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Visiting Tehran, the Capital of Iran: The First Contact by Gary Leow

19 July 2010 5,836 views 12 Comments

Visiting Tehran, the Capital of Iran: The First Contact by Gary Leow

This is a guest post by KLStuff.my’s Gary Leow. Gary is a personal friend and he traveled to Tehran last year for a working project. As we heard so much about the beauty of Tehran, Gary explains his first contact or first hand experience with the beautiful city of Tehran, IRAN. He writes:
The flight was approximately 8 hours from KLIA to Tehran. Tehran is the capital of the Islamic Republic of Iran. Located on the slopes of the mountains and at the foot of the magnificent Mount Alborz, it has been the country’s capital city for over 200 years now. The population of Tehran City itself is close to 14 million people.


First impression of Tehran – feels very uptight because, minutes before the plane lands, there was an announcement to all female passengers to ensure that they put on their headscarf once they leave the aircraft.


While walking towards the check-out point, the airport seems very quiet though it is the main airport in the capital city. Unlike KLIA, it is not buzzing with activities and you see Iranian Police guards along the way. They have that terror looking face whereby you will be killed if you commit an offence kinda look.
At the check-out counter, the immigration officer is very unfriendly. Initial thoughts when they spoke to one another was Arabic but to which later was being told it is Persian. Wordings and markings all around the airport is not Jawi nor Arabic but Persian also.


Coming from an Islamic country i.e. Malaysia, the immigration officer does not ask much questions. They just do their routine check and I’m thru the check-out point in 3 mins. It was very fast but also very quiet. This is suddenly when you notice that everyone around is also very silently queueing for their turns to get thru the check-out counter.
Once thru, we took an escalator down to the luggage bay to wait for our luggage. Surprisingly, the service was very efficient because by the time we got there, our luggage were already out there waiting.

It was still sunny because it is only 3:30pm Iran local time. Malaysia was 8:30pm then. It was Spring and the temperature outside was approximately 16C. A very cooling and nice temperature compliments after a long tiring flight.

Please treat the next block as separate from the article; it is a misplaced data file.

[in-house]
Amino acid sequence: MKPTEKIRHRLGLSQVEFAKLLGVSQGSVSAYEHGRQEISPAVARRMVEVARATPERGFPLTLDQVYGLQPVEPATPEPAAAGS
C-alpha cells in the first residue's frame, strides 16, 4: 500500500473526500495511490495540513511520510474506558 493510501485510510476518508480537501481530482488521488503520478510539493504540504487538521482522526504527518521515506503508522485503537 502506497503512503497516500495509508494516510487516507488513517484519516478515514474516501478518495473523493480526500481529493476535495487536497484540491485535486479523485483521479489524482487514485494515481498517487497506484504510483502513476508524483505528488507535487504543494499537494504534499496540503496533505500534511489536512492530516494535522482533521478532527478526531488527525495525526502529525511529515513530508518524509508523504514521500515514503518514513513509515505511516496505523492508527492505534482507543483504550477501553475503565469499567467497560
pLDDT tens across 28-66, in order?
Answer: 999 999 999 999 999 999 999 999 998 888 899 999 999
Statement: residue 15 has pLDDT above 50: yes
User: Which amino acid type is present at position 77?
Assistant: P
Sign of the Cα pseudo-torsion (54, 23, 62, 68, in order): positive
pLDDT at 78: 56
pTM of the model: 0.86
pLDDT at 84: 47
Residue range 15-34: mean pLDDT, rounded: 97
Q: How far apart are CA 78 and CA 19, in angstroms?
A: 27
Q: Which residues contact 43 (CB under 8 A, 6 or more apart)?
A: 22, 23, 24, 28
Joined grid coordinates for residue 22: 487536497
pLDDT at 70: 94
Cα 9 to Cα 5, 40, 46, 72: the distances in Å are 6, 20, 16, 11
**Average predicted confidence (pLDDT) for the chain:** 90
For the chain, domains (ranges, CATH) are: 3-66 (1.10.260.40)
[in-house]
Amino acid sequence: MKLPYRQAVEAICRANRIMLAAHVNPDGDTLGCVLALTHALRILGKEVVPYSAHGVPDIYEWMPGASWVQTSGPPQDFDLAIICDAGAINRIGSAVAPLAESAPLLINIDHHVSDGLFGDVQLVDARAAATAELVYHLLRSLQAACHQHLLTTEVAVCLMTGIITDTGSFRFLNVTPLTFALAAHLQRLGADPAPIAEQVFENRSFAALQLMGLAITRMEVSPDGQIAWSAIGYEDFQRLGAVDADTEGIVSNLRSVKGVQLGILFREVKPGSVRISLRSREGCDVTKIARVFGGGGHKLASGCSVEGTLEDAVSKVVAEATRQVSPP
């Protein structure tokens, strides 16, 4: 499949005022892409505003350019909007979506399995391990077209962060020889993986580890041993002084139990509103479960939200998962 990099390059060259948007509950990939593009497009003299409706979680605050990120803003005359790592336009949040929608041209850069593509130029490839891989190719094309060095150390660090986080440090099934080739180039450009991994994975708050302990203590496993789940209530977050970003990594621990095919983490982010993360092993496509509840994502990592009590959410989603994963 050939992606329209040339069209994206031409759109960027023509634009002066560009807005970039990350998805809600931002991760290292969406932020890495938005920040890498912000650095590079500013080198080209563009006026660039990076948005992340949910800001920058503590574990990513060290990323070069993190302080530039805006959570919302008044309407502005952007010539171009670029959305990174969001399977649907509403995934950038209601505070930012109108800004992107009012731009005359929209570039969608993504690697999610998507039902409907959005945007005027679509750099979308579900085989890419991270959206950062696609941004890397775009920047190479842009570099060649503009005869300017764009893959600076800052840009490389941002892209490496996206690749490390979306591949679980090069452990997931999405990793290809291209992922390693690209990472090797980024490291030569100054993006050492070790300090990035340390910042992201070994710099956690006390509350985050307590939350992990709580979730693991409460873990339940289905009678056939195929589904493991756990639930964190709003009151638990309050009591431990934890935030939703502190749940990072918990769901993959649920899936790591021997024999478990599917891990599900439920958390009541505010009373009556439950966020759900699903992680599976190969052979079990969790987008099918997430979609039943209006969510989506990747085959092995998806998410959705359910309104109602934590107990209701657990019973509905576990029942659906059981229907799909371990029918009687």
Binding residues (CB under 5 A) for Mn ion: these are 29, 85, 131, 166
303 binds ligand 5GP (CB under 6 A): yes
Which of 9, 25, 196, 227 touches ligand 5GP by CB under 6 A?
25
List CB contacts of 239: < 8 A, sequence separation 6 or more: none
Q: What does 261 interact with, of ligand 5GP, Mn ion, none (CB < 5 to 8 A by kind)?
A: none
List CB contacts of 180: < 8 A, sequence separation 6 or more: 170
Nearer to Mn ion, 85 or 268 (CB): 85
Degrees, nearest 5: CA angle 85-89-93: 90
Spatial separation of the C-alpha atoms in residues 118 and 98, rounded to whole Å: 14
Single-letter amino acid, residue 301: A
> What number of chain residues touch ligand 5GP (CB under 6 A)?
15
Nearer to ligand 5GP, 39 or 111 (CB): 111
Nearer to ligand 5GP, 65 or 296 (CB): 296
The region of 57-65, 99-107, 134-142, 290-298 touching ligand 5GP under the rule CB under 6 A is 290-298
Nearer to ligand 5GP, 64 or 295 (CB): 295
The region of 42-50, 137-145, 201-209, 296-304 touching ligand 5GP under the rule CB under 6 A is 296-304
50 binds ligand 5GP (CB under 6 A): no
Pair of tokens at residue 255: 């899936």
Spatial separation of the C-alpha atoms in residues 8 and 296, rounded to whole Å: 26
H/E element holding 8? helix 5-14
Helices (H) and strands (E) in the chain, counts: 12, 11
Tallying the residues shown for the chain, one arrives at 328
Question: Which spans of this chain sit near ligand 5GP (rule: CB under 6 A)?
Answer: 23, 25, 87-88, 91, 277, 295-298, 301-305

Once all my partners has re-grouped, we headed out towards the arrival hall where our liaison person from Tehran is already waiting there, holding on to a card with my partners name on it. “Mozer” was his name.

We greeted and shook hands trying to get acquainted with our liason person. His name was Javan and he speaks a perfect English except for the slight American accent. We chatted while walking towards the entrance of the hall where our car was waiting for us.

As we were walking out, I notice that there is a lot of Peugeot on the side road. Peugeot is somewhat like their national car as in comparison to Malaysia. I was driving a Peugeot then and I was under the impression that we would be picked up by a Peugeot. Unfortunately my dream was cut short when suddenly out of the corner a very familiar looking car turned and stop right in front of us.


Then we all suddenly burst out laughing. What more can we ask for of this trip than to be transported for the whole 5 days with our very own national car a Proton Waja to which in Iran is called a Proton Impiana, left hand drive though. The Proton Waja was our official car for the next 5 days and we have a English speaking guide and a driver for us as well. Apparently Malaysia exports 3 version of our national car to Iran namely Waja, Wira & Gen2.


Javan told us that he is being assigned to us for the next 5 days and he is to ensure that we get all that we asked for throughout our entire stay in Iran. This trip to Iran is to recee a site for our clients in Malaysia who has engaged us to consult them on how to operate and run a hypermarket. So this trip to Tehran is to see and understand the Iranian culture and also to meet up with a few influencial people in Tehran (namely the investors for this project) so as to convince them that they are making the right choice in trying to bring in a shopping mall concept with a hypermarket built in just like our very own Mid Valley Megamall.